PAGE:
Now, Krugman does not mention that point at all in his column, instead claiming that the deficit hawks only want to starve the poor and elderly, deny them any medical care, and force them to sleep under bridges. He does not put things in quite that language, but that is the gist of what he is saying. But, then, this is someone who actually believes that government welfare programs increase wealth because they bring about instant spending, and everyone knows that saving money and investing in capital is evil and brings down the economy.
(Krugman's capital theory seems to be another rendition of "Capital Happens" in which capital magically appears in our economy.)
So, let us look at Krugman in his own words:
At a time of mass unemployment and record-low borrowing costs, a time when economic theory said we needed more, not less, deficit spending, the scolds convinced most of our political class that deficits rather than jobs should be our top economic priority.Keep in mind that in Wonderland, when the Federal Reserve System pushes down interest rates to artificially-low levels, that has ONLY good effects. After all, the Laws of Wonderland dictate what we should believe about economic growth and the economy in general:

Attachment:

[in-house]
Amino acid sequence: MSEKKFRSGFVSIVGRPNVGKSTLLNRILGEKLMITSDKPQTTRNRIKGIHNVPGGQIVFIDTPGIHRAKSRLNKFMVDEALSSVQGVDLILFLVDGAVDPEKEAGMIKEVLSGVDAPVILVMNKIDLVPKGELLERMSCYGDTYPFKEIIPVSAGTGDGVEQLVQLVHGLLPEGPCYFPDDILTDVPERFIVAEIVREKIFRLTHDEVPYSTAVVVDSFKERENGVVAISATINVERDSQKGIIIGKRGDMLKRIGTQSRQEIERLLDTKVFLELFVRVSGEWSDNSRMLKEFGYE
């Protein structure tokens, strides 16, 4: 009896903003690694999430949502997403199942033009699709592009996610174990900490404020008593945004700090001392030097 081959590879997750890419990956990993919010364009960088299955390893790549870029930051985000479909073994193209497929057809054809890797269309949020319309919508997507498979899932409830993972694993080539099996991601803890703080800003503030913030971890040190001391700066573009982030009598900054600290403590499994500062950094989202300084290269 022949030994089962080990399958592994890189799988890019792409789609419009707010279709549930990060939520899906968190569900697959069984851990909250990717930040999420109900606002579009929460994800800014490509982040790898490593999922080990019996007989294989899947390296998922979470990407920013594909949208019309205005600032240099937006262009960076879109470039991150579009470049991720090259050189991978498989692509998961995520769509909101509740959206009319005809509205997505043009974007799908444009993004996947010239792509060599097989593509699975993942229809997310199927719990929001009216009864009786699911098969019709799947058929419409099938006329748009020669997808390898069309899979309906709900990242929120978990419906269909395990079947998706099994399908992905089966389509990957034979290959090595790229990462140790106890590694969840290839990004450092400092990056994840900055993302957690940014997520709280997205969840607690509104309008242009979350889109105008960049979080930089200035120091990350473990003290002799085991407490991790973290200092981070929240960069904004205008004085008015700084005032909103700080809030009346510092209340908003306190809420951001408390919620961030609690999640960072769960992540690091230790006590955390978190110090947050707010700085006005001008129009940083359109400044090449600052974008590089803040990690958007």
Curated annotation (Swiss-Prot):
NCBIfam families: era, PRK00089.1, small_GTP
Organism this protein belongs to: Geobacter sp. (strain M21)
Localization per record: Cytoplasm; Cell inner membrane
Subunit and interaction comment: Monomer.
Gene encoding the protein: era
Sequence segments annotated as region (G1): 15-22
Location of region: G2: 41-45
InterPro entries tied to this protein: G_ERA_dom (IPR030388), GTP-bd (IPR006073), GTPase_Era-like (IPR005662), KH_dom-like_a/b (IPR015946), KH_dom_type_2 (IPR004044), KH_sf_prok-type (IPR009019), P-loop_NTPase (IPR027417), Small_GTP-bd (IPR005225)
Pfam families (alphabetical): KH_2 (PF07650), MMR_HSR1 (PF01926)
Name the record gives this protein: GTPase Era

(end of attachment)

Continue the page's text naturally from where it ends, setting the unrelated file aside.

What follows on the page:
- Saving is evil and only suppresses economic growth
- We should use all means to confiscate savings either through inflation or outright taxation because we need to spend everything we make in the present
- Don't worry about capital formation because "Capital Happens"
- Anything that encourages present spending is good, and anything that requires any present abstinence from spending right now is evil and must not be permitted
- The only real benefit we might get from capital formation is in present spending for capital goods.
And just to be clear, the danger for next year is not that the deficit will be too large but that it will be too small, and hence plunge America back into recession.The last statement really should leave us in a quandary, for earlier in this column, Krugman attacked the "tax cuts for the wealthy" (or what we call Democratic talking points) as helping to create deficit conditions. However, given that we need larger deficits, why raise tax rates at all? If we can borrow at no appreciable opportunity cost -- And what self-respective Keynesian ever would think that government spending always trumps the Law of Scarcity? -- why should we worry if tax rates are "too low"?
As Krugman declares:
This wouldn’t be hard if they had been making a more honest case on the budget: the truth is that deficits are actually a good thing when the economy is deeply depressed, so deficit reduction should wait until the economy is stronger. As John Maynard Keynes said three-quarters of a century ago, “The boom, not the slump, is the right time for austerity.”So, Krugman seems to be operating at cross purposes with himself. Using his own logic, it would be stupid to raise income taxes on anyone or to jack up taxes on investment because deficits during a depression are "a good thing." But we have to remember that "Krugman Logic" is not based upon economics, but rather on left-wing politics.